Nerve Macaspac is an Assistant Professor of Geography at CUNY College of Staten Island, where he teaches Urban Geography and Geographic Information Systems (GIS). He recently completed his PhD in Geography at UCLA. Before moving back to NYC, he was a member of the Board of Directors, as well as a coop member, of the Echo Park Film Center, a community cinema in Los Angeles.

TENTATIVE CALENDAR for the Woodbine Research Group:
–Wednesday December 19th: Decolonize This Place Presents…
–Sunday December 30th: Silvia Federici on Re-enchanting the World

Holes in Maps Exhibition @ 601 Artspace, from 12/1

Holes in Maps

Curated by Juliana Steiner
Dec 1, 2018 – Feb 24, 2019
601 Artspace, 88 Eldridge
Opening reception: Friday, Nov 30, 6-8pm
Gallery Website

Alia Farid, Matej Knezevic, Adriana Martinez, Reyneir Leyva Novo, Juan Obando, Regina Parra, Sanne Vaassen

Curator’s statement:

The reality of paper tears.
Land and water where they are
Are only where they were
When words read “here” and “here”
Before ships happened there.

Now on naked names feet stand,
No geographies in the hand,
And paper reads anciently,
And ships at sea
Turn round and round
All is known, all is found.
Death meets itself everywhere.
Holes in maps look through to nowhere.

-Laura Riding, The Map of Places, 1928

This exhibition explores themes of globalization, mobility and borders by examining ways in which personal narrative, social critique, trade, nationalism, identity and citizenship intersect. Like Riding’s poem, the artworks in this show challenge maps’ certainty and stability, exploring the immense gulf between lines on paper and lived experience – between symbols and their referents. Maps may reveal political and geographical realities, but what do they conceal?

Holes in Maps was born out of a desire to explore the strained relationship between the simple outlines of a map and the complex, emotional, contested human experiences of those boundaries. When one looks at the issues at hand through the lens of postmodern theorists, an analogous dissonance emerges between the world of intellectual discourse and the abrupt limitations of real life. For instance, social theorists Deleuze and Guattari advocate the rhizome as a model of being in which self and identity are not linked to one place or culture alone. Their rhizome endorses rootedness but forswears immobility–what a beautiful idea, and how unevenly attainable.

Maps are created and enforced through power, and disproportionately affect those who have none. One might argue that the opposite of rhizomic thought is the current global trend toward a nationalism that harshly defines and enforces social and national identities and curtails freedom of movement. (We may wish for the freedom to embrace the rhizome, but can we get a visa?) A series of barriers – physical, socioeconomic, and bureaucratic – separates those who are able to embrace “rhizomatic lives” from those who are not. For some, crossing borders has never been easier. For others, attempts to traverse them are repeatedly frustrated by newly erected barriers, while the necessity to transgress them can mean the difference between life and death. Perhaps thoughts cannot yet be confined, but physical access can and is. Through physical interventions and transformative recreations, the artists in Holes in Maps focus our gaze on the negotiation between personal agency and constructed barriers, and remind us to consider their cost.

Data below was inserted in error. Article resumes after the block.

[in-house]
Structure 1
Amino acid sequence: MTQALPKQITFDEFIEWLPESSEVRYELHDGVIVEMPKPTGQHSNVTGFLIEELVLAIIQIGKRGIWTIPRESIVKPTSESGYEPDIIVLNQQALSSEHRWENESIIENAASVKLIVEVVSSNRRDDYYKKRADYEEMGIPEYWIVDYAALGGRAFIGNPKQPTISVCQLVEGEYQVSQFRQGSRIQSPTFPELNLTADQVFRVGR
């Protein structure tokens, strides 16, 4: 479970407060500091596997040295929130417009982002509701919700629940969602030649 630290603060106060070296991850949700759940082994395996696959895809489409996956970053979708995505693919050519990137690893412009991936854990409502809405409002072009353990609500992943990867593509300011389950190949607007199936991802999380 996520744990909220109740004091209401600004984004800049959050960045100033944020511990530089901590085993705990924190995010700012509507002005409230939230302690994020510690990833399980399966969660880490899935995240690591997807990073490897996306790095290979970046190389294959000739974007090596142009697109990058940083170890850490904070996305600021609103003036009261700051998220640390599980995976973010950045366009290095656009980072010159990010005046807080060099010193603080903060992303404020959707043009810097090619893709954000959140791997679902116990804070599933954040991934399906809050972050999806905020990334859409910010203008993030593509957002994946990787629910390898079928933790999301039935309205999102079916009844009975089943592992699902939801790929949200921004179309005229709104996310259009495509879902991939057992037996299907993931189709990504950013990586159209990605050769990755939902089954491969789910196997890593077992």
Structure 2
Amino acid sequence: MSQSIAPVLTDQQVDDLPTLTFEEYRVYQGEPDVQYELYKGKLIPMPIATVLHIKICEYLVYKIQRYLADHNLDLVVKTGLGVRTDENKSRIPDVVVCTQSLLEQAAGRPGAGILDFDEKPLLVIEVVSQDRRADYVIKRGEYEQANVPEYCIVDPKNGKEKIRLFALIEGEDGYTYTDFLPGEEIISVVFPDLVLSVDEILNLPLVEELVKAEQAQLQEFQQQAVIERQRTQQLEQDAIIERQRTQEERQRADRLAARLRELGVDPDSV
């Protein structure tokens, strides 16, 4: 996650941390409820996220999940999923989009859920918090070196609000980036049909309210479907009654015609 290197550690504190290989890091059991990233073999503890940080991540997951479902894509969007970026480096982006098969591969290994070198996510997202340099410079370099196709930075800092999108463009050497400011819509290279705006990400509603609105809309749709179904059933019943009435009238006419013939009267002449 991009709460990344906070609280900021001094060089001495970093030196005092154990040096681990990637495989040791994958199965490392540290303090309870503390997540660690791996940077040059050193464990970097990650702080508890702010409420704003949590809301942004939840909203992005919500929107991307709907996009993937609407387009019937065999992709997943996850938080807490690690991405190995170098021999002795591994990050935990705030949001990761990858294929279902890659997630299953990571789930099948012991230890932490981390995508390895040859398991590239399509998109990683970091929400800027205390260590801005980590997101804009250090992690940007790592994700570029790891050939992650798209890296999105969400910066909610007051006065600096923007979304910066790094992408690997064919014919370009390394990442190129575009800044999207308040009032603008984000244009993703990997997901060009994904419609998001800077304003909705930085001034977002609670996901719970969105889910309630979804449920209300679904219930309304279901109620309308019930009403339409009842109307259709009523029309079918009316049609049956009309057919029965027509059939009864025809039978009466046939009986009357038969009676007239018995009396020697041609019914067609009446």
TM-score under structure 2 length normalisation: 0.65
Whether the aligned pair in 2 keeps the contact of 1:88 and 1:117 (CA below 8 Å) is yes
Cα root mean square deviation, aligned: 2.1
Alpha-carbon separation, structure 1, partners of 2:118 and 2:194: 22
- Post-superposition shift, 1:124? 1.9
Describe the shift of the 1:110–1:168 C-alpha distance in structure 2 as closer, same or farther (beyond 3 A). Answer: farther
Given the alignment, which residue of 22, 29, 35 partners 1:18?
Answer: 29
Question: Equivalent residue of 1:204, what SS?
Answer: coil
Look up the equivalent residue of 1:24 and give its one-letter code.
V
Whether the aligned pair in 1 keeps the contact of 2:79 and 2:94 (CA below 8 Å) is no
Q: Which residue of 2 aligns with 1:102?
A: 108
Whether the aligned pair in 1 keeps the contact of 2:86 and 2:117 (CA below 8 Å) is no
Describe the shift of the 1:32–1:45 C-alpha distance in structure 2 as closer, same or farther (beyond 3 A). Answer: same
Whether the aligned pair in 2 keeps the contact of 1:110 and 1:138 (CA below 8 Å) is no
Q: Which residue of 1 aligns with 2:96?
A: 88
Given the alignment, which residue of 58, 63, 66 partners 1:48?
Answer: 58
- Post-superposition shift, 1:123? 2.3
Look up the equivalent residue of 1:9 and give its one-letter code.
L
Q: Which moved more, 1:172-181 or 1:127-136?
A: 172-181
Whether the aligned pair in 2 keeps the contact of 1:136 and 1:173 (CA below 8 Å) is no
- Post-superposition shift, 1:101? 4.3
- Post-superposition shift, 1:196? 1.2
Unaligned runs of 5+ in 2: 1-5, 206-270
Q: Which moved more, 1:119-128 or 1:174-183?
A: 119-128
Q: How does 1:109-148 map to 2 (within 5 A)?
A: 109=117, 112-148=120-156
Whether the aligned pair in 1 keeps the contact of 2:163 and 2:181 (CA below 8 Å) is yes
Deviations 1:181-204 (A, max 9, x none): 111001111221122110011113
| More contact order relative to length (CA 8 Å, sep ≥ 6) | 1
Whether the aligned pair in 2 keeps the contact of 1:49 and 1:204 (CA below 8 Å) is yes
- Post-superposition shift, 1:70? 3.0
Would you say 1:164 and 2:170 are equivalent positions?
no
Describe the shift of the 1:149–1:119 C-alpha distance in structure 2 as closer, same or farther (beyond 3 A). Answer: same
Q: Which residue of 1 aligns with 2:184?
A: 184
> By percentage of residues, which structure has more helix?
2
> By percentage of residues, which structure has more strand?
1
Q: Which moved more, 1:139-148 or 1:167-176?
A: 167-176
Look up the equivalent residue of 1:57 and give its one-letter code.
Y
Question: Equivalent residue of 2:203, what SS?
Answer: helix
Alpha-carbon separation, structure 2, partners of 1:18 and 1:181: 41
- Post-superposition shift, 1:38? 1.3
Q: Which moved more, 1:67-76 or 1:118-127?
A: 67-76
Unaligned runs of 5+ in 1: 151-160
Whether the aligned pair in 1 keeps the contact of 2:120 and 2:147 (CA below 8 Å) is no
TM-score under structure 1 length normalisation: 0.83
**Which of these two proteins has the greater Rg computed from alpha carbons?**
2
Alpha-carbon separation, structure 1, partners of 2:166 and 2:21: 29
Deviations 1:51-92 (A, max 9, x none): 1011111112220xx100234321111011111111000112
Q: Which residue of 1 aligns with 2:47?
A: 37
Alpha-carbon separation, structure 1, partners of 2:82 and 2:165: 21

Image: Reynier Leyva Novo, still from Eternamente te esperare (I’ll Forever Wait for You). 2015. Video, 10:06 min. Courtesy of the artist.

Trevor Paglen @ Swiss Institute, November 1 @ 6:15pm

Swiss Institute Website

How does technology learn to see the world? The interdisciplinary practice of Trevor Paglen brings us ever-closer to this question’s elusive answer. Merging practices of photography and sculpture within broader fields of science, engineering and investigative journalism, Paglen generates illuminating observations into how artificial intelligence develops the capability of sight, and how human biases can shape this technology. In 2017, Paglen debuted a new body of work that investigates the intersection of artificial intelligence and sight, “invisible images.” Paglen delineates invisible images into three categories: training libraries, machine-readable landscapes, and images made by computers for themselves. In his talk at Swiss Institute, Paglen will elaborate on these technologies, and how he has used artificial intelligence within his own practice. The resulting works are uncanny, alien and sublime, giving form to the precarious potentials of these superhuman algorithms.